The Sacramento Kings finally did it. After years of speculation as to whether the Kings would trade DeMarcus Cousins, it happened. One of the most dominant big men in the NBA fetched this in return from the New Orleans Pelicans:
Buddy Hield, 2017 first- and second-round picks, and guards Tyreke Evans and Langston Galloway.
Even if we strip away the idea that Cousins seems like a royal pain in the butt and is an impending free agent, the immediate reaction to this deal from a Sacramento perspective has to be "yuck."
It didn't help when Vlade Divac, the man who made the deal for Sacramento, said Monday that he had a better offer two days earlier.
It is the classic "three quarters for a dollar" trade often described by sports personality Bill Simmons. There is not a discernible star among the players going back to the Kings, and the first-round pick is top-three protected. The Pelicans get the potential for an overwhelming frontcourt for the next decade, if they can re-sign Cousins and pair him with Anthony Davis. The Kings get … another decade in the lottery?
The deal was also a reminder of how well the late Flip Saunders did three years ago in dealing Kevin Love.
The situation with Cousins is not identical to the one with Love, of course. Love had a full year left on his contract when he was dealt, and even though he had worn out his welcome in Minnesota he did not carry anywhere near Cousins' baggage.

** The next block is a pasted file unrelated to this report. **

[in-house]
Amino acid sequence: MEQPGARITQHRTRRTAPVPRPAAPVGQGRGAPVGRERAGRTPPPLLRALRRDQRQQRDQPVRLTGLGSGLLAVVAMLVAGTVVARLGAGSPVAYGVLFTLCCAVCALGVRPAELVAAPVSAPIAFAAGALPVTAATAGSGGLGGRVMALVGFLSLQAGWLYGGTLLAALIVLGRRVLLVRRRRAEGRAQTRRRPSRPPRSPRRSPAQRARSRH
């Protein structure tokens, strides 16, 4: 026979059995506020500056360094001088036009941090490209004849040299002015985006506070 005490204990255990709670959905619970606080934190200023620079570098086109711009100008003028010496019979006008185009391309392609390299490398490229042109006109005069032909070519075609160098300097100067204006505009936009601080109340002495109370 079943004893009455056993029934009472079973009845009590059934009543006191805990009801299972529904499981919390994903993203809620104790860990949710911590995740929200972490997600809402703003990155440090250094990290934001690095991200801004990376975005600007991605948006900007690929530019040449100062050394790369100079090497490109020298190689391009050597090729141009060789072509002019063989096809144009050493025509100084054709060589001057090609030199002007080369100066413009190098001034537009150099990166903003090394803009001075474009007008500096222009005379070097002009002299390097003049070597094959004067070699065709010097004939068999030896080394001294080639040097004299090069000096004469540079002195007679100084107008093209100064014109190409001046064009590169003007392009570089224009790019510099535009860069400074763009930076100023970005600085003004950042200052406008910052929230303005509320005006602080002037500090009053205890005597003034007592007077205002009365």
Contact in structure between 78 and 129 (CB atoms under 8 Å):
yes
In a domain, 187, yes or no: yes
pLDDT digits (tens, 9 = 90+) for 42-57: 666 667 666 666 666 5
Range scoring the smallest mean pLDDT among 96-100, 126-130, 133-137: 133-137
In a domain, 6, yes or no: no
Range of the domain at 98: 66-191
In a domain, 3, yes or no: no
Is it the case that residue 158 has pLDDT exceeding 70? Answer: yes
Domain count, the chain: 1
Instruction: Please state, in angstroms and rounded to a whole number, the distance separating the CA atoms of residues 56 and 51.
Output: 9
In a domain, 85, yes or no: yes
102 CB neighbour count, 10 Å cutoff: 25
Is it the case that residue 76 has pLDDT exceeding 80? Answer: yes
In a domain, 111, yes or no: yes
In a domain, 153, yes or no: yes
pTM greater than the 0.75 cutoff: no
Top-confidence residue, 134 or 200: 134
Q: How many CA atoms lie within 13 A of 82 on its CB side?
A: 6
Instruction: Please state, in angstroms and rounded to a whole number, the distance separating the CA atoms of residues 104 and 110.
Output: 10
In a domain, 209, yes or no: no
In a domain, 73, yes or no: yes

But Love had boxed the Wolves into enough of a corner that they pretty much HAD to trade him at some point. Otherwise he was definitely going to walk in free agency. And as players, I would put Love at the time of his trade and Cousins right now on equal footing.
Smartly, Saunders played from as much of a position of strength as possible. He didn't wait until the trading deadline in the final year of Love's deal; rather, he dealt him the previous offseason. That kept him from having to panic or take a "here's the best we can do" kind of trade (or, you know, a "here's literally the worst we can do" trade).
That allowed Saunders to take advantage of some good timing — LeBron James returning to Cleveland and coveting a young veteran like Love to complete a Big Three along with Kyrie Irving — and cash in on a trade in which No. 1 overall pick Andrew Wiggins was the centerpiece.
Wiggins is hardly a perfect or complete player, but that was a dollar-for-dollar trade. Love's time in Cleveland has been far from ideal, but he helped the Cavaliers win a title last season and was an All-Star this year before getting temporarily shelved by an injury. Wiggins headed into the break with back-to-back 40-point games and is clearly a key to the Wolves' future.
You can't say the same about anyone the Kings got in return. Maybe the first-round pick will materialize into something big. Maybe Hield's ceiling is higher than it appears to be right now.
Or maybe this trade is exactly what it looks like: another blunder by the Kings.